It's not often that an episode of The Boys goes by without some kind of horrific physical mutilation or sexual abuse. It's even more unexpected that an extra-long anniversary issue by Garth Ennis and Russ Braun wouldn't do that either. But that's the case in The Boys #50. Anything really gross happens off panel, and the real violations happen inside people's heads instead. This is a comic full of subressed violence, and people trying to find a way through a minefield of mutaully assured destruction.
The comic has a reputation for the juvenile, the broad, the overblown and the purely sadistic. So when it drops the superfart gags, suddenly the serious aspects are much more gripping. And that's the sensation left by The Boys #50, the reader kept on the edge of his seat waiting for an explosion that doesn't come. Or at least, not then, when this book is set. Before The Boys series started and all the cards began to fall.
The art is strong and hard. This is mostly about men, facing off against men, lots of angulary jaws and shoulders and furrows of brows. The only punch is thrown at the very beginning, Mallory against Butcher, and the lack of response is echoed in the rest of the book. Even a scene of mass slaughter happens well before we arrive, leaving a pristine Highlander. And yet we know that all this will change…
Memoir #1 by Ben McCool and Nikki Cook also deals in restraint, but its a very different form of horror. This is the kind of comic that will be described as David Lynchian, what with its small town weiord inhabitant, but it has more in common with the modern high concerpt genre series in that we have a town that, ten years ago, lost their memory. And an idealistic journalist from out of town, coming to break the story open to find himself sucked into its maw.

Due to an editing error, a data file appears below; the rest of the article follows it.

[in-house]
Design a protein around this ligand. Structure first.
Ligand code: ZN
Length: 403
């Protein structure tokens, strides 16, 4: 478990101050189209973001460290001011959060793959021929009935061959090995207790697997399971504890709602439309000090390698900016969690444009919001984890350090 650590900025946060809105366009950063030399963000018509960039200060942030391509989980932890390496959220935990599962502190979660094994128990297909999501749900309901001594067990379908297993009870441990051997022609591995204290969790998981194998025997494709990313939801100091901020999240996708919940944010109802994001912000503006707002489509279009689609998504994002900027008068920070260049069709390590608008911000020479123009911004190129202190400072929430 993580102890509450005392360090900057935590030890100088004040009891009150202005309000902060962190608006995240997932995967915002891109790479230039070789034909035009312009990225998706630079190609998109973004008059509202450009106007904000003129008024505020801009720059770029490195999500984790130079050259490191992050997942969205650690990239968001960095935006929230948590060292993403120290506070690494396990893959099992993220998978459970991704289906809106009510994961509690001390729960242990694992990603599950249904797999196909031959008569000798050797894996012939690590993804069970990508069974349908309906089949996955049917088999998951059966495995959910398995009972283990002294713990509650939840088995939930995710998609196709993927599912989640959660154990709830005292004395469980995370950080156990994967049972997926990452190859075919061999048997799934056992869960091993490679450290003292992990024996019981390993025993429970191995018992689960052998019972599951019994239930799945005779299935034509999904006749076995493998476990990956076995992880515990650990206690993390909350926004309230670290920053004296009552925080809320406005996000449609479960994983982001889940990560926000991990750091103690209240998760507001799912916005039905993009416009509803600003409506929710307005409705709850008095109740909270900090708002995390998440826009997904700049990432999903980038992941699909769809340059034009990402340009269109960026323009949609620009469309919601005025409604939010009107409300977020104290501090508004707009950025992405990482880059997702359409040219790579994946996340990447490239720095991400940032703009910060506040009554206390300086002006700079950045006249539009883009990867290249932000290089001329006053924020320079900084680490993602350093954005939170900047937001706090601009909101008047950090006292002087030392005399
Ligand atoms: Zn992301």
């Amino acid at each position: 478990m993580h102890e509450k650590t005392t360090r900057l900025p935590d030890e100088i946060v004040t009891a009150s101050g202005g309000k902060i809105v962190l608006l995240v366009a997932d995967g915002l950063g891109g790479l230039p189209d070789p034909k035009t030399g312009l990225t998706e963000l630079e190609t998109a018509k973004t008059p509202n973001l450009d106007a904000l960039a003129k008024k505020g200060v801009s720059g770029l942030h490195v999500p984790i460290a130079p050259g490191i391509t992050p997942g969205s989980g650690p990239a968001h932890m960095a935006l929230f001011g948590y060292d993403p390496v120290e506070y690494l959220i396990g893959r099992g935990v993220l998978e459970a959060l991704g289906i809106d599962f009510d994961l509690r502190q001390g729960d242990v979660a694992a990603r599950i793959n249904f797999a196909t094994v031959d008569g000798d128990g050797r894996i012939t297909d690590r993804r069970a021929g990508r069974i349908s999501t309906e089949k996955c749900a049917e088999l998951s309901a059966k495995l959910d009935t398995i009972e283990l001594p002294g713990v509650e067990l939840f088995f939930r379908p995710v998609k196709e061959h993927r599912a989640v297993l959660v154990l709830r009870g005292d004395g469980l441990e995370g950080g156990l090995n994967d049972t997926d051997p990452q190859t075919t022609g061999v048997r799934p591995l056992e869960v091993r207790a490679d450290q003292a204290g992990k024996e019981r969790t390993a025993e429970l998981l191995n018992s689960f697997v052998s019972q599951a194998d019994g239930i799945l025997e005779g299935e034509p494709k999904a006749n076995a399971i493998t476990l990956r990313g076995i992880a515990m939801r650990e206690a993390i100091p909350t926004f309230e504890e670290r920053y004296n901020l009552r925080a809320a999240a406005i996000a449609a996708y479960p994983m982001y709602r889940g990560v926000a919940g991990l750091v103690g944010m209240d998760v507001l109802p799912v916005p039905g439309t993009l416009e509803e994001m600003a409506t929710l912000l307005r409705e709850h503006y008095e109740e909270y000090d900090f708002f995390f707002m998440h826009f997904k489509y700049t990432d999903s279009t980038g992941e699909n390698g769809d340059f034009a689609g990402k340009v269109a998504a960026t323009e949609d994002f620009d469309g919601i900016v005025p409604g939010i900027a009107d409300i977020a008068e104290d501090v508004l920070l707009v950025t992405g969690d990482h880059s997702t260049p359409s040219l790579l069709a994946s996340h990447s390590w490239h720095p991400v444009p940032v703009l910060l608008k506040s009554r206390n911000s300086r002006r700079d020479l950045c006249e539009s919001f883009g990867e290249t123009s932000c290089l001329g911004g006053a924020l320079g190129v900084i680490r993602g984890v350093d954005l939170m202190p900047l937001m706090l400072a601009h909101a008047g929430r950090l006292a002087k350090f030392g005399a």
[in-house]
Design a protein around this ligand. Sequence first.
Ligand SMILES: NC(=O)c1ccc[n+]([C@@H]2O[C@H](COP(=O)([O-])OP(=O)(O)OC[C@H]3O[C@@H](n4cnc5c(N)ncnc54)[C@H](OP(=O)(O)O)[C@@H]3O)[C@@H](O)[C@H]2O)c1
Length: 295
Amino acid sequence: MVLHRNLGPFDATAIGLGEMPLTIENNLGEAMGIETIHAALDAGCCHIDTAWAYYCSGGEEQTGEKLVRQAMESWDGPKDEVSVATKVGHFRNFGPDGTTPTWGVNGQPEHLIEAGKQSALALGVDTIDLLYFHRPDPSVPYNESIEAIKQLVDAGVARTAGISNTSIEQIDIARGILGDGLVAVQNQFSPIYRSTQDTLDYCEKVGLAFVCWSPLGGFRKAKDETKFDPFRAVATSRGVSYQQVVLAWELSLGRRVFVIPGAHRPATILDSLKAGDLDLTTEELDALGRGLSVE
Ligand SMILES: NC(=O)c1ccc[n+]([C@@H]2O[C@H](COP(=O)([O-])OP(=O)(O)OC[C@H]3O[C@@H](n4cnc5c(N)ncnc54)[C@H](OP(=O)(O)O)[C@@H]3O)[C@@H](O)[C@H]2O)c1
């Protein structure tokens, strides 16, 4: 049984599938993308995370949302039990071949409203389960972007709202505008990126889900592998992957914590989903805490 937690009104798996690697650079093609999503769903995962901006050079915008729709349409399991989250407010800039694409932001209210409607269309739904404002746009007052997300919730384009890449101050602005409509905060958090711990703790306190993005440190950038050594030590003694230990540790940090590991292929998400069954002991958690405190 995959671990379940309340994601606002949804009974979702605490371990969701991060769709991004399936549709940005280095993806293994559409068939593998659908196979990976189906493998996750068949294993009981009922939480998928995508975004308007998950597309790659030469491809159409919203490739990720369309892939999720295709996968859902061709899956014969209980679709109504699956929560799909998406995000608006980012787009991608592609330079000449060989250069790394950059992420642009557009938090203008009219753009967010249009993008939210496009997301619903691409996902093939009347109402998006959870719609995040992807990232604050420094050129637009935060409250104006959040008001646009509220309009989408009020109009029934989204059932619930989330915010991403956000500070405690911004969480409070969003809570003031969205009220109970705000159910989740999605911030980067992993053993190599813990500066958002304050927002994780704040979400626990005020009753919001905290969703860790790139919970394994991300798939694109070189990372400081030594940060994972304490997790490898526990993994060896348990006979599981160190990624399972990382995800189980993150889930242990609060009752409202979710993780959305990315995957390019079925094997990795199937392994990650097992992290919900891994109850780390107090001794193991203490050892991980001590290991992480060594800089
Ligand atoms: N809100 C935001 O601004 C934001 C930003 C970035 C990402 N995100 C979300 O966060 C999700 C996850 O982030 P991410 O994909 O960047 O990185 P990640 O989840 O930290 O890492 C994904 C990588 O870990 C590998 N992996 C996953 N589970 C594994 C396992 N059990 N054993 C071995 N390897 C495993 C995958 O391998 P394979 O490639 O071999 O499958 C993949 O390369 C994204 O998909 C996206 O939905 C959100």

And a maw it is, just willing to suck in his obnoxious, over confident nosiness. This is a comic full of unlikeable characters with the hope that they will all die in some horribly sickening fashion. And McCool is the kind of person who should never disappoint on that level.
And Nikki's art really does intentionally make each and every character unpleasant to look at – but seen in contrast to the discovered secret in the town, they're all cherubic. The small panels of much of the book also help create a claustrophobic, unescapable place that echoes what attracts the journalist, that people aren;t leaving this place. From what we've seen, it's not because of the local beach..